By Dennis Hartley
(Originally posted on Digby’s Hullabaloo on March 10, 2012)
Let’s dispense with this right off the bat: Lula, the Son of Brazil is an unabashed hagiography. Then again, it’s not like co-directors Fabio Barreto and Marcelo Santiago are trying to pretend like their glowing biopic is intended to be interpreted as anything but (especially when you have a tagline like “The story of Brazil’s most beloved president!”). It’s also touted as the highest budgeted Brazilian film production to date, at 5 million dollars (isn’t that like, the catering bill for your typical bloated Hollywood epic these days?). Still, it is hard to find fault with a film about a person whom it is hard to find fault with (yes, I know…no one is beyond reproach).
Indeed, Luis Inacio Lula da Silva’s life journey from dirt-poor shoeshine boy to benevolent world leader (he served as president from 2003-2010) seems tailor-made for the screen, with the major players in his life plucked straight out of Central Casting (sometimes, all you have to do is tell the truth, and no one will believe you). I suspect that Fernando Bonassi, Denise Parana and Daniel Tendler’s screenplay (based on Parana’s book) practically wrote itself. You have the Strong Saintly Mother (Gloria Pires), the Drunken Abusive Father (Milhem Cortaz), and the Childhood Sweetheart (Clio Pires, pulling double duty as The Young Wife Who Dies Tragically).
The film begins in Lula’s birth year, 1945. Lula, his mother Lindu and six siblings are left to fend for themselves after Aristides, his father, leaves (abandons?) the hard-scrabbling farm family to find work in the city. The family reunites when Lula (Felipe Falanga) is seven, after Aristides instructs Lindu to sell the house and land and move to the city (the meager proceeds are just enough to pay for their transportation). The boys are immediately put to work; an enterprising Lula shines shoes and sells flowers on the street.
Lindu secretly enrolls him in school; when Aristides (an illiterate who values work over education) finds out, he is apoplectic. Lindu stands her ground, keeping Lula in school. His teacher, sensing a high aptitude in the youngster empathetic to his poverty, makes an offer to adopt him. The proud Lindu refuses, opting to give all her children a chance at a better life by breaking free from the oppressive Aristides’ toxic orbit for good (you’ll feel like cheering). She gathers up the kids and moves to Sao Paulo, where they fare much better.
We watch Lula (played as an adult by Rui Ricardo Diaz) come of age; he graduates from a technical school, gets a factory job, loses a finger in a lathe mishap, and marries his childhood sweetheart. His first marriage ends tragically, after which he begins (at the encouragement of his brother and to the chagrin of his mother) to gravitate toward leftist politics. And we all know what that inevitably leads to…Lula becomes a (wait for it)…labor activist!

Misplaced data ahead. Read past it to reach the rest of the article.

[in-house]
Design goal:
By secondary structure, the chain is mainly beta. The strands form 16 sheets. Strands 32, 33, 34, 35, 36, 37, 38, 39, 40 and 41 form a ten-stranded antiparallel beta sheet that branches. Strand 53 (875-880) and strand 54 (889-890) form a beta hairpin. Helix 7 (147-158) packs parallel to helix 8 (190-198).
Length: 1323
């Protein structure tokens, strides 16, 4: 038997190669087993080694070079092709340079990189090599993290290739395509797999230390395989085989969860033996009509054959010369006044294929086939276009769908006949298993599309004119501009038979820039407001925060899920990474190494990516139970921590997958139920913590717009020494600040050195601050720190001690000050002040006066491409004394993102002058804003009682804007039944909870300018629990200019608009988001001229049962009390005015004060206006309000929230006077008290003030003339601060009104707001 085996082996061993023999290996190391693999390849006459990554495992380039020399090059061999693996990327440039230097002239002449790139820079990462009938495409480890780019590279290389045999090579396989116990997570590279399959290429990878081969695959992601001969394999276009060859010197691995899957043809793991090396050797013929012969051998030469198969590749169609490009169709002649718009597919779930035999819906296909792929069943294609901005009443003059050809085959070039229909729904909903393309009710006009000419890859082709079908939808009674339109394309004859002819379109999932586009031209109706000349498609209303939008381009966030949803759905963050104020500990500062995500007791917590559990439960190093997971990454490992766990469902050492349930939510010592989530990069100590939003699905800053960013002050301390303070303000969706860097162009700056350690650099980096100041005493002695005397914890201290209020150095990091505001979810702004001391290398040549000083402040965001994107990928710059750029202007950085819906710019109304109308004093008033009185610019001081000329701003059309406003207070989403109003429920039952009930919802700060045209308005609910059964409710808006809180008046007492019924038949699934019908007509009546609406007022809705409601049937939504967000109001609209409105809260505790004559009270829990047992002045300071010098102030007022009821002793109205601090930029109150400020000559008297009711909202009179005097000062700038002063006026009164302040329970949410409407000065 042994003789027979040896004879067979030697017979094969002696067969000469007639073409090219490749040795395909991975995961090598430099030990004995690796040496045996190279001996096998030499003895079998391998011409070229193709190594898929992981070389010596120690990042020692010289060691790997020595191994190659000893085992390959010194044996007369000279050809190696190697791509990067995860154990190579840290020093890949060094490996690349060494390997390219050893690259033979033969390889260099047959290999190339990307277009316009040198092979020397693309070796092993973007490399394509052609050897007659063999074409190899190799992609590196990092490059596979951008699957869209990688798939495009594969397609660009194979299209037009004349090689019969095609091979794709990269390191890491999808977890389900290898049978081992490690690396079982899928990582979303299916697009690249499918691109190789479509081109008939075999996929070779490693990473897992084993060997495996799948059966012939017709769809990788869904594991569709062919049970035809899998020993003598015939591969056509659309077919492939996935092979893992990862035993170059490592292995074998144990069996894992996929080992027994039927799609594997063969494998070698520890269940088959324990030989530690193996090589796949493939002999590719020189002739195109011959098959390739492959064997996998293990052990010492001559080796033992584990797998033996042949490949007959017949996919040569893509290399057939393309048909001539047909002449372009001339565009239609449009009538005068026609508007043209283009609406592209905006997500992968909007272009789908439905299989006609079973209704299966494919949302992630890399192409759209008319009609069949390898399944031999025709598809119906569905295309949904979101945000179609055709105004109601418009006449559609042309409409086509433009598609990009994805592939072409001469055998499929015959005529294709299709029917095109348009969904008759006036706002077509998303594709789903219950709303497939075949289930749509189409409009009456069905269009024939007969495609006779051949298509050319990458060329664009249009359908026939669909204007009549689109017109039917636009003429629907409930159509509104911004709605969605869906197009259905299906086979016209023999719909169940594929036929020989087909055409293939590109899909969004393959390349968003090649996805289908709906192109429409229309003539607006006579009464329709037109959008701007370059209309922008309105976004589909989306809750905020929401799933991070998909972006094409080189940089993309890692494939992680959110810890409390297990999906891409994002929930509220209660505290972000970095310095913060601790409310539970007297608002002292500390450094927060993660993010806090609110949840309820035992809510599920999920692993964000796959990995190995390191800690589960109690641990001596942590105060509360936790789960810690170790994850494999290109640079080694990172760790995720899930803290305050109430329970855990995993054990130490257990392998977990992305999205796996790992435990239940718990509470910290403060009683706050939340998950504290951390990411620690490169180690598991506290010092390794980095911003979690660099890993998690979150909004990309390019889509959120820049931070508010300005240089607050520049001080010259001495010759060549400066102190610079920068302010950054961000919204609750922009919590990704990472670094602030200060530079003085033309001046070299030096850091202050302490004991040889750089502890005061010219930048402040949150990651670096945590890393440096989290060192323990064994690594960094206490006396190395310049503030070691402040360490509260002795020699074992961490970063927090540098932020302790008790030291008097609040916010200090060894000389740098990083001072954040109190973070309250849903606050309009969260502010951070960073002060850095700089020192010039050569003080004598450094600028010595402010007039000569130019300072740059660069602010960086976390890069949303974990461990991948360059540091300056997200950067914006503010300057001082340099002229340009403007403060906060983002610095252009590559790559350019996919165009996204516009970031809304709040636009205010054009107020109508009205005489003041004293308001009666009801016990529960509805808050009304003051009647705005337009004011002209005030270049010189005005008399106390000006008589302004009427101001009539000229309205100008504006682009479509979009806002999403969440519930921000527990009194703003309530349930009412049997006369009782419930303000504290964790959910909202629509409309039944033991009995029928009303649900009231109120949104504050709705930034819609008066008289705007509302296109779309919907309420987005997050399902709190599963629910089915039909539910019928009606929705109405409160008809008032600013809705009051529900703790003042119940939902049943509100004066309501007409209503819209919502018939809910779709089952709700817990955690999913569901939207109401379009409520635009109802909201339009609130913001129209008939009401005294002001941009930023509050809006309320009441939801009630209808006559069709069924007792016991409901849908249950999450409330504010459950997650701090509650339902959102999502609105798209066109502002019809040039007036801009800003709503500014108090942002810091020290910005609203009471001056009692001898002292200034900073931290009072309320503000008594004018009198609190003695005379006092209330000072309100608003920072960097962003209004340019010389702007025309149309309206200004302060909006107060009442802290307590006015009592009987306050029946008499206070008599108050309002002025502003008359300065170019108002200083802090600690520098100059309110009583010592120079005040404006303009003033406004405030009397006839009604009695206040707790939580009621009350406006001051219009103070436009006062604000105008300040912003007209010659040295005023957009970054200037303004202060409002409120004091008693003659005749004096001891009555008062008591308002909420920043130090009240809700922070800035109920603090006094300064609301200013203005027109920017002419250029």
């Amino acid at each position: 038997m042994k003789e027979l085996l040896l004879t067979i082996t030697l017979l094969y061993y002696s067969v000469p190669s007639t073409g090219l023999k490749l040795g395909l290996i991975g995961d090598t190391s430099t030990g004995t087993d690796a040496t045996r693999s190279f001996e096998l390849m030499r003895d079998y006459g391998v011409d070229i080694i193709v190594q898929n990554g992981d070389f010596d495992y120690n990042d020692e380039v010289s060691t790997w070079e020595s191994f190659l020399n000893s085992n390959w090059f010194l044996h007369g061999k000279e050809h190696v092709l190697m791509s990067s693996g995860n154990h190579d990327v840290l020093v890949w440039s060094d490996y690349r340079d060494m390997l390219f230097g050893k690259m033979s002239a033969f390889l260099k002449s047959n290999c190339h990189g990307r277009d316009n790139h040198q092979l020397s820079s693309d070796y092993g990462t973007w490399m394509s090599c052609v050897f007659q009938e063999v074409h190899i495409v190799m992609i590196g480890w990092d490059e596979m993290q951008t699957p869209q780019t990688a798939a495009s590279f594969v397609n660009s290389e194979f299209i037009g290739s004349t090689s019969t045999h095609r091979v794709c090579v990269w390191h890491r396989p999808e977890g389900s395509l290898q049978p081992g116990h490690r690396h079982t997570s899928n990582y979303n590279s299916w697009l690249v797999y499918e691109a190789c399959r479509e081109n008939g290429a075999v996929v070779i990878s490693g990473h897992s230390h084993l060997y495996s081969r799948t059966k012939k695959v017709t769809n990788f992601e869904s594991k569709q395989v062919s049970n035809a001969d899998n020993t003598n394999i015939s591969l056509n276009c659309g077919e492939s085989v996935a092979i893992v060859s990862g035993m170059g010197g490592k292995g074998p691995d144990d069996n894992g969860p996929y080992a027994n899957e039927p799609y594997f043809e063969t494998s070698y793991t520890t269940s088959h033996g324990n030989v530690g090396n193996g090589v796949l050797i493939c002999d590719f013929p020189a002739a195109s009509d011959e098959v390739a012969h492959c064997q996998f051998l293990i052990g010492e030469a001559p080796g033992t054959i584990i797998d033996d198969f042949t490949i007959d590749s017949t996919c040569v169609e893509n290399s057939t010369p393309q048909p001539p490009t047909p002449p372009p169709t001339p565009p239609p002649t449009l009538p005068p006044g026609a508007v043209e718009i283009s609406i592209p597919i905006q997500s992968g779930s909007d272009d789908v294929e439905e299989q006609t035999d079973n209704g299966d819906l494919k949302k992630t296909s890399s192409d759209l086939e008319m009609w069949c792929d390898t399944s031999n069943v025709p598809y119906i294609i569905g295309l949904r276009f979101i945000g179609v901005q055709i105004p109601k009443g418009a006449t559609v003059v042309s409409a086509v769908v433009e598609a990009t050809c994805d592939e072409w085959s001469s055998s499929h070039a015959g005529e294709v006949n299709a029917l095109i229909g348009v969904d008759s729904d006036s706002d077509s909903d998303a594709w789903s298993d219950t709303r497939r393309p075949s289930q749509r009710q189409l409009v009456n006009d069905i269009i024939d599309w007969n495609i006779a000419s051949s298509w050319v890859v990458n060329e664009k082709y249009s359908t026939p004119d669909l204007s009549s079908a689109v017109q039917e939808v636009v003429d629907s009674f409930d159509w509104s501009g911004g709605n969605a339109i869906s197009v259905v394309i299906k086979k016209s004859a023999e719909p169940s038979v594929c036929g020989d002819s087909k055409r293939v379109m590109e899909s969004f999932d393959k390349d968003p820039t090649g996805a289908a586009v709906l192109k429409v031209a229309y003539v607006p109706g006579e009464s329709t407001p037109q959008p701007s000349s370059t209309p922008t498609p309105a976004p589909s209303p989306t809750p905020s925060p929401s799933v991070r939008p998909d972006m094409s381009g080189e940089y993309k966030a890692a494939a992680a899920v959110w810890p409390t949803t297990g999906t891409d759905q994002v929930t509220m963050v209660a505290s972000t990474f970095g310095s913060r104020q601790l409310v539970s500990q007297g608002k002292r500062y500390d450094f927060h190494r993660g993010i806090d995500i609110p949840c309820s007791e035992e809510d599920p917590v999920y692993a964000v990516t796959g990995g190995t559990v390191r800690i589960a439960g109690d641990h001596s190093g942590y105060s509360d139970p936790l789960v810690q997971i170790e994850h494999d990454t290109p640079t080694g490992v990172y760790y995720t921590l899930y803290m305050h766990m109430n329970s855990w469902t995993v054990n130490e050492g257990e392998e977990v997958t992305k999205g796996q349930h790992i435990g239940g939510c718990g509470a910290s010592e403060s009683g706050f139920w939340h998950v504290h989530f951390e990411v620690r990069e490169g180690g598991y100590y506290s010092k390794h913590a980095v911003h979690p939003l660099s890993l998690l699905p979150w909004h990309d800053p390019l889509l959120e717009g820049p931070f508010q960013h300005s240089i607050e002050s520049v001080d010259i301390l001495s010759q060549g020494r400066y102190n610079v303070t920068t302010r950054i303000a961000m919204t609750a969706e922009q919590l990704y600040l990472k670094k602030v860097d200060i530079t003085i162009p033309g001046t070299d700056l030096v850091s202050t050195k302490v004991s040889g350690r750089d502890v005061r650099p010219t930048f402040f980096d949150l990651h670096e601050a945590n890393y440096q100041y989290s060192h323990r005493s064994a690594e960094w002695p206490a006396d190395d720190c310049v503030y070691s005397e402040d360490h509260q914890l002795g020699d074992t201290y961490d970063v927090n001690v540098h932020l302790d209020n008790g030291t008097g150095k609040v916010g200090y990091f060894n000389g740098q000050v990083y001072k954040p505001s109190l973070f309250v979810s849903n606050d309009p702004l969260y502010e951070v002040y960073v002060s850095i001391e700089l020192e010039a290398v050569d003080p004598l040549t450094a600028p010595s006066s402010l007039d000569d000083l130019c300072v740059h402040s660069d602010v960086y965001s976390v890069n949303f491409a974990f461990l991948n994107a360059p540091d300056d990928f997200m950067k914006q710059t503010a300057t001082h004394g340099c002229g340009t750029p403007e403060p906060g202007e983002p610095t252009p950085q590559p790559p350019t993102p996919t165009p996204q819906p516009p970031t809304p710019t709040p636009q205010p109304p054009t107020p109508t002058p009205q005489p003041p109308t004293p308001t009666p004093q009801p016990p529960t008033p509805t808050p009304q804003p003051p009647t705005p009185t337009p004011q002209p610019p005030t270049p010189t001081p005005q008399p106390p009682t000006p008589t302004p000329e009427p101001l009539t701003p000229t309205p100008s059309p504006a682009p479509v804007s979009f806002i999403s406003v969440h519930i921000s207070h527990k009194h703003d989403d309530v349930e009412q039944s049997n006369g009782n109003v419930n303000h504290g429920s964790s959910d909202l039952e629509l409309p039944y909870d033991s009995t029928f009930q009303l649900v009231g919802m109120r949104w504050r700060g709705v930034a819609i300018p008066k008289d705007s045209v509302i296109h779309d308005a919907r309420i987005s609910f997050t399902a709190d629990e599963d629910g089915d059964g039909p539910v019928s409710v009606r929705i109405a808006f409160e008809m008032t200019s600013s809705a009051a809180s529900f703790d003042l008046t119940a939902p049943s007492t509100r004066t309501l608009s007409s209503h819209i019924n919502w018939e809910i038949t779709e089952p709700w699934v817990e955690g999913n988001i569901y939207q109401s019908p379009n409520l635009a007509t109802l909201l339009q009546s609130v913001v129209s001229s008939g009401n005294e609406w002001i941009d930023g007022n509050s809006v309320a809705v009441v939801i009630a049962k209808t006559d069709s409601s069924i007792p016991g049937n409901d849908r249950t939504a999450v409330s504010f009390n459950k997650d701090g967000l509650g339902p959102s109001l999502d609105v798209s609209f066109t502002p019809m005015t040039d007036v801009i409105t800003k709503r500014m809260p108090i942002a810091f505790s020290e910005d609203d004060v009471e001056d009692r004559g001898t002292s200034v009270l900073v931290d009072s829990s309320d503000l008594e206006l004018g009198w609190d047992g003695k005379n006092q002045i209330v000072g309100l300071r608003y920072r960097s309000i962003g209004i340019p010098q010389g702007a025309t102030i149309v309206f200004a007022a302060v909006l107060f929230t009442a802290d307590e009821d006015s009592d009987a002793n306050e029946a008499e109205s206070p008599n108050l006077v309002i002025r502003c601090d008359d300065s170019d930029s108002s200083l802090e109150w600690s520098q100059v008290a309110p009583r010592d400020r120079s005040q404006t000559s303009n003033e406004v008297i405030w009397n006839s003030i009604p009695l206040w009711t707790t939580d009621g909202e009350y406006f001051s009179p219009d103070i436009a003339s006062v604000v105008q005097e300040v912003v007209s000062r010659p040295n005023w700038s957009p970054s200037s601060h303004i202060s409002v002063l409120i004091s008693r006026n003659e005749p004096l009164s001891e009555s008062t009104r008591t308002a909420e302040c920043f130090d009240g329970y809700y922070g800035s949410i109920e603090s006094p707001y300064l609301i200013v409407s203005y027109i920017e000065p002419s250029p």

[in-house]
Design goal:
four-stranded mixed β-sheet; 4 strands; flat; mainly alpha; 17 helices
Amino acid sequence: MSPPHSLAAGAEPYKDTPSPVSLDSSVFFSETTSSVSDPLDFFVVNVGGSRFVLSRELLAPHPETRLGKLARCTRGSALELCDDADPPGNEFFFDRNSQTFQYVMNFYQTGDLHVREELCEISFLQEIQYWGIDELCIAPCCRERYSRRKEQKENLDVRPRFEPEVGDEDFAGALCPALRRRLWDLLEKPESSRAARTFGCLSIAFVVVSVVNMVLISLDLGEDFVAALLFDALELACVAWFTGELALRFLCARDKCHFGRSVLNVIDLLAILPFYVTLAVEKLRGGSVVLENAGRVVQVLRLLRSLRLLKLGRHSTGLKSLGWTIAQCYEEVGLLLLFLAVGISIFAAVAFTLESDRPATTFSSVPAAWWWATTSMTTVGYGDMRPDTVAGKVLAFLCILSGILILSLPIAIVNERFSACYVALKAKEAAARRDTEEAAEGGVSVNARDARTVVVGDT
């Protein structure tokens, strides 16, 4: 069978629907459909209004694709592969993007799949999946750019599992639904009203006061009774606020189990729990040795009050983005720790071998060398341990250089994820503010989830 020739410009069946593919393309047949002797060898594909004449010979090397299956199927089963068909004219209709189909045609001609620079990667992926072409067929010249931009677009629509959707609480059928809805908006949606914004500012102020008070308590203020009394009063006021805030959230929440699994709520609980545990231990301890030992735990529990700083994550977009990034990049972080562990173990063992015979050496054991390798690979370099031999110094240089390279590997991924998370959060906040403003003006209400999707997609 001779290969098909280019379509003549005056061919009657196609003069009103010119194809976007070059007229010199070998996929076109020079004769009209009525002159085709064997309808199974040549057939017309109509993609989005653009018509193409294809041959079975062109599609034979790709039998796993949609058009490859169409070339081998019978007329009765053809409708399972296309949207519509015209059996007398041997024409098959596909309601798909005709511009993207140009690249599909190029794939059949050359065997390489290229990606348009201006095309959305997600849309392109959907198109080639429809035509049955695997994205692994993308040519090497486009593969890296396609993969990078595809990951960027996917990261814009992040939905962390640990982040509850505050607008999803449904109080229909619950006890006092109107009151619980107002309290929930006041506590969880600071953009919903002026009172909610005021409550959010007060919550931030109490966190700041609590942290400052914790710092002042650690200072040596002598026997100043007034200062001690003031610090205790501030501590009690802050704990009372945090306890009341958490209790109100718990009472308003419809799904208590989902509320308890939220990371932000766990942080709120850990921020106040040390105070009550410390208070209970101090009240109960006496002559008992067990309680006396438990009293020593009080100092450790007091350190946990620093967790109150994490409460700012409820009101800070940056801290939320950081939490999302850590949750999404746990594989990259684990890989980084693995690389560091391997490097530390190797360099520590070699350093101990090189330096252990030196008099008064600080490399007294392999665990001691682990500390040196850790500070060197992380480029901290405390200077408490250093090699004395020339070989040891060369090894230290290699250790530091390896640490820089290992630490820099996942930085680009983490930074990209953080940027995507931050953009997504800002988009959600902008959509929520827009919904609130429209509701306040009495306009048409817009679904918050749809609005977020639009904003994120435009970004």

By the time he becomes a union official in the late 70s, he finds himself at loggerheads with the military-controlled government of the time. After officials identify him as one of the prime movers behind a series of major work strikes, he is arrested and jailed. After prison, the increasingly politicized Lula helps create Brazil’s progressive Worker’s Party in the early 80s, and then…and then…the film ends.
Ay, there’s the rub, and the main reason why political junkies may find this slick, well-acted production inspiring on one hand, yet curiously unsatisfying on the other. The intriguing end crawl, highlighting milestones in Lula’s subsequent climb to the top suggests that the filmmakers may have picked the wrong half of his career to cover. I found myself wondering “what happened next?!”, and asking questions like: What did he do to earn declaration as Brazil’s most beloved president, with an approval rating of 80.5% during the final months of his tenure? What inspired President Obama to greet him at the G20 summit with “That’s my man right there…love this guy…the most popular politician on Earth”?
Don’t get me wrong, because I do loves me a stirring, old-fashioned leftist polemic as much as the next progressive pinko; I was righteously “stirred”, and had a lump in my throat many times…but something was lacking. By the time the credits rolled, I didn’t feel I had insight as to what made Lula tick. What did make Lula run? Then again…the answer may lie in the three simple words that Lindu imparts to her beloved son, from her deathbed: “Never give up.”